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Poll

What codec do you use predominately in your collection?

  • MP3
    447 (46%)
  • Ogg Vorbis    
    266 (27.4%)
  • MP4-AAC    
    123 (12.7%)
  • MPC    
    94 (9.7%)
  • WMA    
    13 (1.3%)
  • Other
    28 (2.9%)

Total Members Voted: 1166

Topic: Your lossy codec of choice in 2006? (Read 141224 times) previous topic - next topic

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Your lossy codec of choice in 2006?
Reply #100
Seems many people here switched from MPC to Vorbis or back to MP3 - Musepack has really become a niche format even in a seperate universe as HA.org is...

  • AtaqueEG
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Your lossy codec of choice in 2006?
Reply #101
Lame @ CBR320 for music (this way, mobile use is overkill, but when I play 'em at home on the hi-fi, they still sound respectable), but I publish my podcasts @ -V5 --vbr-new.


Respectable? They should sound exactly like the original (even though they are not, maybe that knowledge is making you think they should sound somewhat "bad")

Oh, and I use MP3. All day, every day. ReplayGain, gapless, tagging, excellent quality at low bitrates, universal compatability, what is not to like?
I'm the one in the picture, sitting on a giant cabbage in Mexico, circa 1978.
Reseñas de Rock en Español: www.estadogeneral.com

  • pepoluan
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Your lossy codec of choice in 2006?
Reply #102
losing more ground to mp3, actually.  MP3 = a titan you can't easily bring down.
The keyword is easily. Which is why I am sending letters (in addition to emails) to game producers (Firaxis, EA, LucasFilm) to have them support Vorbis, trumpeting its advantages over MP3.

Like I said, ScummVM already support Vorbis internally. If many people will play Scumm?-based games, they will get more and more exposed of Vorbis.
Nobody is Perfect.
I am Nobody.

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Your lossy codec of choice in 2006?
Reply #103
Ogg Vorbis... for about 3 years now... ever since I first encoded a song with q0 lowpass 20khz with headac3he.. searched for a couple weeks for how to change the lowpass with oggenc.. found it  and will never go back to anything else

I have recently been applying vorbisgain as well as re-ripping CDs (a lot of my music used to be transcoded from mp3  )

all encoded with -q 0 --advanced-encode-option lowpass_frequency=999
older tracks with oggenc 1.0.1.. newer ones with lancer aotuv b4.51
(both via dBpowerAMP... it's just easier)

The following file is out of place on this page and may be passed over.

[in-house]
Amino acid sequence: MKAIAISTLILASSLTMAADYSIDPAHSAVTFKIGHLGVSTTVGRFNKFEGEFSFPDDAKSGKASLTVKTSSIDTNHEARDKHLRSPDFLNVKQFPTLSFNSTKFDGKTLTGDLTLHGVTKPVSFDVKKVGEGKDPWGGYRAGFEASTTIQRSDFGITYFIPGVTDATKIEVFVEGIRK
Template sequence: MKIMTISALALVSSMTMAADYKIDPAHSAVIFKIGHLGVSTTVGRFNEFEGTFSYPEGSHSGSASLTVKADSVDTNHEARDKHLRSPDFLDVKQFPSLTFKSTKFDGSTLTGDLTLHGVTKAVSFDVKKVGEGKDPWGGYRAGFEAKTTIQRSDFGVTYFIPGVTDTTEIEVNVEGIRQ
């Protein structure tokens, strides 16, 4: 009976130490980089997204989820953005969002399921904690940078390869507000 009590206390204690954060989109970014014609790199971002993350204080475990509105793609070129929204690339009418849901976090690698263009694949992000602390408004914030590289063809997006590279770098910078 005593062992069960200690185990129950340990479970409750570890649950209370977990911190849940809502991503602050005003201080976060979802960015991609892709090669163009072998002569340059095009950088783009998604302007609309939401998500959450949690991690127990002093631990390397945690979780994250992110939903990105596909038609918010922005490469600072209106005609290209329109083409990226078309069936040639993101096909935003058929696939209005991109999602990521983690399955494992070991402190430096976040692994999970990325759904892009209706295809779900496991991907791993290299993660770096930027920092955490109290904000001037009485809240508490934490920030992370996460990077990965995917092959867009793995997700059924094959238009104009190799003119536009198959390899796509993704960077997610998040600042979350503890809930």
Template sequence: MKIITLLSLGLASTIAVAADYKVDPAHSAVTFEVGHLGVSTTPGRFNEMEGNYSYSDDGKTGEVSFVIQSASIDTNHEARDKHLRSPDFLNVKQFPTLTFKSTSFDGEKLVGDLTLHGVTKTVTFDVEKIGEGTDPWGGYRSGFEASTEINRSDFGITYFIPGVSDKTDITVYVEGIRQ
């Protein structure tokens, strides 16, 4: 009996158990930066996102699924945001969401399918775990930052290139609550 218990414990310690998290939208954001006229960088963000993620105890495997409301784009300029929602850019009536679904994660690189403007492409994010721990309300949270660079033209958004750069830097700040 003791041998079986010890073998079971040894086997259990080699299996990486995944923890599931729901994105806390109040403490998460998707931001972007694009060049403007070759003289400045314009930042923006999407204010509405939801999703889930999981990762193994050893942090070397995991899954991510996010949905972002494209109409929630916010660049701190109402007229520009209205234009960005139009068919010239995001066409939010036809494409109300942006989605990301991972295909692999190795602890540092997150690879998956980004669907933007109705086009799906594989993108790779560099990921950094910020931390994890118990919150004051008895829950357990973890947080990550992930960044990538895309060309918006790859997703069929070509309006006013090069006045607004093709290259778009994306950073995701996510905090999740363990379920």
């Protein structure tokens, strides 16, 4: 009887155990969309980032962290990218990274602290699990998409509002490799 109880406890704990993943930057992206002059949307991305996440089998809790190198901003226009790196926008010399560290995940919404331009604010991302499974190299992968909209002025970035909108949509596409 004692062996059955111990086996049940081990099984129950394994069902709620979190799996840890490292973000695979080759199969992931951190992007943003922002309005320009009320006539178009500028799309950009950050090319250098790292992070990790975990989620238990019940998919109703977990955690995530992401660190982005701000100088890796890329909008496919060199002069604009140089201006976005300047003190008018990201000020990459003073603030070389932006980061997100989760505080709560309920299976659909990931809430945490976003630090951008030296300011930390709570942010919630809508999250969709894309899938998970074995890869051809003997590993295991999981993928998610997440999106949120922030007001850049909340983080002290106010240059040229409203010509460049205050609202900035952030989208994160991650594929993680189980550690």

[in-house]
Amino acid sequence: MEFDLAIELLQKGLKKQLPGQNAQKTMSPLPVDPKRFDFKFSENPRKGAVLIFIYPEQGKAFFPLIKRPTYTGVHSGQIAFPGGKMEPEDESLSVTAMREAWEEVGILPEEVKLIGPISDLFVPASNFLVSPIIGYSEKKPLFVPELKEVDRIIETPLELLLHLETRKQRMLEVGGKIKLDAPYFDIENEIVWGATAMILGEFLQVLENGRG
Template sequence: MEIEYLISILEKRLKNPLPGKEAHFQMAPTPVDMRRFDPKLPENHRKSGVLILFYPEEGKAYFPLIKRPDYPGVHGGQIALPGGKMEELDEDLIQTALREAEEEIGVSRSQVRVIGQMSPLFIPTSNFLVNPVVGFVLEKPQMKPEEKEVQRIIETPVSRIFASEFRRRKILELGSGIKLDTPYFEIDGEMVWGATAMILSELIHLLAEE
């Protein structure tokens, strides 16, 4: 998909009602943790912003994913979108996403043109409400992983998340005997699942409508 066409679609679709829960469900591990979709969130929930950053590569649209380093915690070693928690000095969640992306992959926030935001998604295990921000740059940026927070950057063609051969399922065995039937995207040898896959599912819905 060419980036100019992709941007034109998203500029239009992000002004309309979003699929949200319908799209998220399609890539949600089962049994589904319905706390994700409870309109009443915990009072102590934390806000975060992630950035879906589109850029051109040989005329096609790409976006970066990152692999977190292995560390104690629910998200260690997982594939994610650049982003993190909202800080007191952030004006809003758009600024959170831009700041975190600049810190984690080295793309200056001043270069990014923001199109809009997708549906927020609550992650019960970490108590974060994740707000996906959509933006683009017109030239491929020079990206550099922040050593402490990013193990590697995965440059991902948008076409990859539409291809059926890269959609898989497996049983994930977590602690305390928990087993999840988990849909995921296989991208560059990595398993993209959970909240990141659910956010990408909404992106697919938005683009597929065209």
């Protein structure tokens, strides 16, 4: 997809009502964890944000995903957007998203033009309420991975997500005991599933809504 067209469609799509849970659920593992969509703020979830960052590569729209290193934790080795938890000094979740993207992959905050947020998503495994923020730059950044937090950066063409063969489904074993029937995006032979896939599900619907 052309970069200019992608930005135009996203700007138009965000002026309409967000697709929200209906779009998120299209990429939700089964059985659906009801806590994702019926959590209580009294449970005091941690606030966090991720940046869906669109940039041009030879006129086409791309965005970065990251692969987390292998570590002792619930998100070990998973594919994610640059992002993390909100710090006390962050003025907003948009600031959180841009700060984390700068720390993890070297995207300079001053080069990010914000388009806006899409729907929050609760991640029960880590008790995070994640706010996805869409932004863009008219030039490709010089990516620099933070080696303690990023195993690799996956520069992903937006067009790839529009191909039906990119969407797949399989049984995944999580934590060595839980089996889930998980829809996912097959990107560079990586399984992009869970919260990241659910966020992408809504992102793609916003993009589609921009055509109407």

When I got into video capture and encoding, I wanted to save as much space on my music as possible (only have a 40gb hdd)... ~70kbps each song... sufficient for my listening needs

for the ocasional mp3, lame 3.93.1
Vorbis-q0-lowpass99
lame3.93.1-q5-V9-k-nspsytune

  • razer
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Your lossy codec of choice in 2006?
Reply #104
Like someone has already said, it is sad that we let the market control our choice of codec. There are probably  no real reasons NOT to use MP3 at this point, but I just don't WANT to. I want to discourage monopolies (which I hope is the right word), not support them. The companies that make DAPs and sell us digital music shouldn't tell us what formats we can use, we should tell THEM.

I voted Musepack. I just can't seem to let go of it. If I did indeed change formats at this point, it would probably be to Vorbis, for lossy encodings that is. For lossless I use WavPack.

  • Leo 69
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Your lossy codec of choice in 2006?
Reply #105
After I heard obvious artifacts with MP3 @ 320 kbps I'll never dare to use it for home stereo. I stick to Vorbis @ 192.

P.S. For those, who stick to TOS#8, please read this thread:
http://www.hydrogenaudio.org/forums/index....showtopic=42844
  • Last Edit: 06 April, 2006, 08:42:12 PM by Leo 69

Your lossy codec of choice in 2006?
Reply #106
most of my files are in vorbis, but i am really considering switching back to mp3 once i finally get a portable player.

  • rhammill
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Your lossy codec of choice in 2006?
Reply #107
The short answer is WMA.

The long answer is:
I've done a lot of research on this recently. I started with AAC, since I thought I was going to get an iPod, but the external hard drive I had used for music died before I could back it up (it was only 3 months old).

Anyway, since I had to start again, and had a new laptop as well I did a little more research. I have a lot of files in flac format and found I could get a plug-in to play that in WMP directly. Then I found I could get an audio player that alos supported it (looking at the Cowon U3). So I entered all of the data into Media Player, then moved the files to a network share where I'd be storing the files, and all of the data (song titles, etc.) disappeared. Since flac doesn't save that data in the file itself, it is only in the WMP database, it makes it more difficult to manage the music.